BraveWords.com: From a devoted fan’s perspective, it’s incredibly refreshing to hear an album that does more than simply deliver what’s expected...although evidently not everyone shares my view on that!
Vincent: "We can do pretty much anything we want. I’m surrounded by people who are dripping with talent. We could do that to, we could play every bit as fast as we ever have, but there’s a lot out there and we want to add more to our palate. We don’t want to reduce what we do. We don’t want to minimize it, we want to maximize it. We’ve found new ways to add to this monolith thing called extreme music, this thing called Morbid Angel. Without mentioning any names, I hear a lot of records where you could take a couple of songs from each band and swap them over and you’d never know. Stuff sounds very similar to me these days and it’s kinda generic and that’s what some of these bands are going for. We just never thought that way, so that seems odd to me. There is that stuff out there and there are people that do it and they do it well, but that’s just not who we are, for better or for worse.”
BraveWords.com: In terms of the lyrics, how did you approach things this time? Would you say that you have picked up where you left off or is this a departure for you?
Vincent: "Departure? No. Bigger? Yeah. It’s all really personal and it all flowed. I didn’t fight with any of it. It came out quick and concise. The message of the band has never changed, since the very start of the band. Everything that we said was pushing people to think outside the box and to be more powerful, to gain power and wisdom, to evolve and to shun things that would stifle the spirit or creativity or thought, whether that’s organized religion or government or anything that would get in the way of achieving maximum, blissful potential. That’s the underlying message that we’ve always had. Now there’s many different ways to approach that whether it’s through religious stuff, horror stuff, more direct stuff, less direct stuff. But the message of the band is strong, loud and clear. It’s about having the confidence to stand up and say ‘Fuck yeah! I’m proud of thinking outside the box and I’m proud of everyone else who does it as well...’ It’s an elite group of people and the more people who find their way to that, the merrier! It’s not a spoon-feeding thing. People have to find their own way and I will always encourage them.”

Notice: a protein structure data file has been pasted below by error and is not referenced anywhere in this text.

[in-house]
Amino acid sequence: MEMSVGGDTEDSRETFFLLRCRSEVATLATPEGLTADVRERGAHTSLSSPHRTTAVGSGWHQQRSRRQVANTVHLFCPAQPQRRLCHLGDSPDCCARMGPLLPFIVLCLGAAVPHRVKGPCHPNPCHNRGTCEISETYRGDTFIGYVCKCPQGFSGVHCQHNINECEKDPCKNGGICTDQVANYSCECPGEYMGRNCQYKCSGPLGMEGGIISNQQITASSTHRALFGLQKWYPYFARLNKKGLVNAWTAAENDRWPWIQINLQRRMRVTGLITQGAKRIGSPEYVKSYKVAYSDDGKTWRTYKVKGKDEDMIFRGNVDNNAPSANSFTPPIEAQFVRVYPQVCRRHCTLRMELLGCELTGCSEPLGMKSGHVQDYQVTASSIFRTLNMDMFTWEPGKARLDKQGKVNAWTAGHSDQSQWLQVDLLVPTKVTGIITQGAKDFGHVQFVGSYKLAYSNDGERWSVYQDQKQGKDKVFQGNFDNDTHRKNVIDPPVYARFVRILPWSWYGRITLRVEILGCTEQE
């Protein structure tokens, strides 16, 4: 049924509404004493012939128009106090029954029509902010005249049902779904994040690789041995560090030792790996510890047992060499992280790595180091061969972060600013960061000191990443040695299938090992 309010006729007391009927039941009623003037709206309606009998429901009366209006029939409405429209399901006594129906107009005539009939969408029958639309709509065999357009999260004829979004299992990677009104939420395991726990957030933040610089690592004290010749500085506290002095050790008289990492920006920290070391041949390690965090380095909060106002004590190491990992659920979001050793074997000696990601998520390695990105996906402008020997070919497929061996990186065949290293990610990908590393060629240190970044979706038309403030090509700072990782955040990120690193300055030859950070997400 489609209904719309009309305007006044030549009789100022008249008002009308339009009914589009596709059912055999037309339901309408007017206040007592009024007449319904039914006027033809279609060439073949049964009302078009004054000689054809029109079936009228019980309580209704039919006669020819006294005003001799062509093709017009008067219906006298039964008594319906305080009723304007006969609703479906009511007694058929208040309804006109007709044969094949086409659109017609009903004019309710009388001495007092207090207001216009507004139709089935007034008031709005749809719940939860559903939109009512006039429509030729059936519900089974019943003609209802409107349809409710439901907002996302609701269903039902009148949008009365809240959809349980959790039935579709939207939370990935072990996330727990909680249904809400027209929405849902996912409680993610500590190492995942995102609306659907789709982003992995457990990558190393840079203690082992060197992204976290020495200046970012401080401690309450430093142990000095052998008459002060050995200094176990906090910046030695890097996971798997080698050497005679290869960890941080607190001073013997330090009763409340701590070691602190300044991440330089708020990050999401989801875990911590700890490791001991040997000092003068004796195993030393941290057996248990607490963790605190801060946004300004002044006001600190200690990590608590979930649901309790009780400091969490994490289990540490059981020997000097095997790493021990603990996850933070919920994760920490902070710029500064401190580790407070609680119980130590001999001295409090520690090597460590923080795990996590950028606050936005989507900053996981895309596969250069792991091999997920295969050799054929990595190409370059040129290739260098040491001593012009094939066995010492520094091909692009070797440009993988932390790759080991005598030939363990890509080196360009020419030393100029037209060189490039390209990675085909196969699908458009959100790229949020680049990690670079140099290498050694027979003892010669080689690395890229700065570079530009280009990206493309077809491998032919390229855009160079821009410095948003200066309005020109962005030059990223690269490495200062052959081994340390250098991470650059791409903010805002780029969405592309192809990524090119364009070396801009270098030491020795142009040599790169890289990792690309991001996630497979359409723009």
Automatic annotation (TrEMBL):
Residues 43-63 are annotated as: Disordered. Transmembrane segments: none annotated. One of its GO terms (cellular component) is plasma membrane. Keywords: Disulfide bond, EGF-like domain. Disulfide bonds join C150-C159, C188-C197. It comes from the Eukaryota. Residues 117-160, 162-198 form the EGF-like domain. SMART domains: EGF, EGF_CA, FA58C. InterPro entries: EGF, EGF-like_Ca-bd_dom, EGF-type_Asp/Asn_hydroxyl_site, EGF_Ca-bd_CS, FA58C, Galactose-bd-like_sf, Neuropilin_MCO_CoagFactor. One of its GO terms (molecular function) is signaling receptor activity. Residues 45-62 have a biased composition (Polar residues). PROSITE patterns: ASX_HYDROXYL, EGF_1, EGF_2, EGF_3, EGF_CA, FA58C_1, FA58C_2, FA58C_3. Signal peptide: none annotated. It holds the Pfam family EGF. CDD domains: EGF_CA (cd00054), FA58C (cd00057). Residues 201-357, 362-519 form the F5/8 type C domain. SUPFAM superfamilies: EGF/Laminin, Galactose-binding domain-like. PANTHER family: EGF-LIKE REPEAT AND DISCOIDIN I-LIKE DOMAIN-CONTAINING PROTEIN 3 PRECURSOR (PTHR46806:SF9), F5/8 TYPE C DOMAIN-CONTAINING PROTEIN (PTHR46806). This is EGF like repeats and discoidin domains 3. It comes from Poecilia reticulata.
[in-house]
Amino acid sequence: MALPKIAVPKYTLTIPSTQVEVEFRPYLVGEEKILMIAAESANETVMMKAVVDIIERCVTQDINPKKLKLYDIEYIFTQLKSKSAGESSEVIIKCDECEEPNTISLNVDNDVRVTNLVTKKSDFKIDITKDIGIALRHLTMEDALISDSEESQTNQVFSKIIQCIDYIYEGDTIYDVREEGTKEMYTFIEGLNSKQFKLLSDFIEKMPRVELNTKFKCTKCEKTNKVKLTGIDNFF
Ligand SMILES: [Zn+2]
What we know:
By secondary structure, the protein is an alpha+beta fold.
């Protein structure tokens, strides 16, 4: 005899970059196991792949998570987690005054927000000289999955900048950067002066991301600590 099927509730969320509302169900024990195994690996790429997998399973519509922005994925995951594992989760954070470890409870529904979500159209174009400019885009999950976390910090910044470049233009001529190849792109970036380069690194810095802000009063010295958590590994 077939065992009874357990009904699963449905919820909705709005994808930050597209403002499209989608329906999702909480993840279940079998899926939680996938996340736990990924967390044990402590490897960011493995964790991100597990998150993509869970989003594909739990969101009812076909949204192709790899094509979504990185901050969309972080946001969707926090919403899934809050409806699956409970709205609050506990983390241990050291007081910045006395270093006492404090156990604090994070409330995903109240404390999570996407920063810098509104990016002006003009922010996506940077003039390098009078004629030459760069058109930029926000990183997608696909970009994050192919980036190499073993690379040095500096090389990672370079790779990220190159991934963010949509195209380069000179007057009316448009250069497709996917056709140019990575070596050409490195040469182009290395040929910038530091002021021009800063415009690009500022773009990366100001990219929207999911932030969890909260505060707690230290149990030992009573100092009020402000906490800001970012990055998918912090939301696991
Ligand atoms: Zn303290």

BraveWords.com: What about the title itself? Obviously it had to begin with an ‘I’, because you have a rule to obey there...
Vincent: "Well, hang on a second, that was something that we started. I don’t know any other band that used the alphabet and if there is, they’re copying us! But I was thinking to myself, ‘Well, everyone expects it to start with an ‘I’...’ and in any other situation that would be a good reason not to do it, but you only have one opportunity to break the continuum. I didn’t feel like it should be broken. We did discuss it and I asked everyone and we all said ‘No, let’s roll with it’. The meaning behind the title, or my deeper meaning at least, is that I believe that creativity is something divine and it just so happens that our creativity is completely insane, and so there is this insanely divine thing known as Morbid Angel.”
BraveWords.com: For all its controversial detours, Illud Divinum Insanus does sound very much like a celebration of everything that the band has stood for over the years. Was that the intention?
Vincent: "That’s how I’m seeing it too. I’m not kidding when I tell you that I’m honoured to be surrounded by such amazingly talented people. Not just the band but our management, which is the same management we’ve had since the very beginning. And also our new record label, they have such amazing artistic vision, which is such a breath of fresh air, especially with the current state of the music industry. Whatever it is we want to do, they’re like, ‘Yeah, man, let’s find a way to do it...’ and that’s so refreshing. The relationship is in its infancy, but I honestly couldn’t be happier. They have a sizeable investment in this project, but it’s not just that. They’re fun people and they get it.”
BraveWords.com: Do you view this as the beginning of a new chapter? Have you thought about the next record yet?
Vincent: "Honestly, right now there’s nothing on my mind more than getting out and being able to share all this new stuff with people. We have new songs but we’re not talking about that yet. We have ideas and all kinds of new stuff. Nothing replaces anything, it just gets added to what we do. We do things that are unexpected, and we’ve always done that, so I guess it’s kind of expected that we do the unexpected, but when we do things that don’t strike people as being a traditional kind of thing, we’re just adding things and we’re not taking anything away. We have a very wide palate of stuff to choose from and we always want to forge new ground. That’s what true art is. When you’re inspired to do something, you just do it and preconceptions be damned!”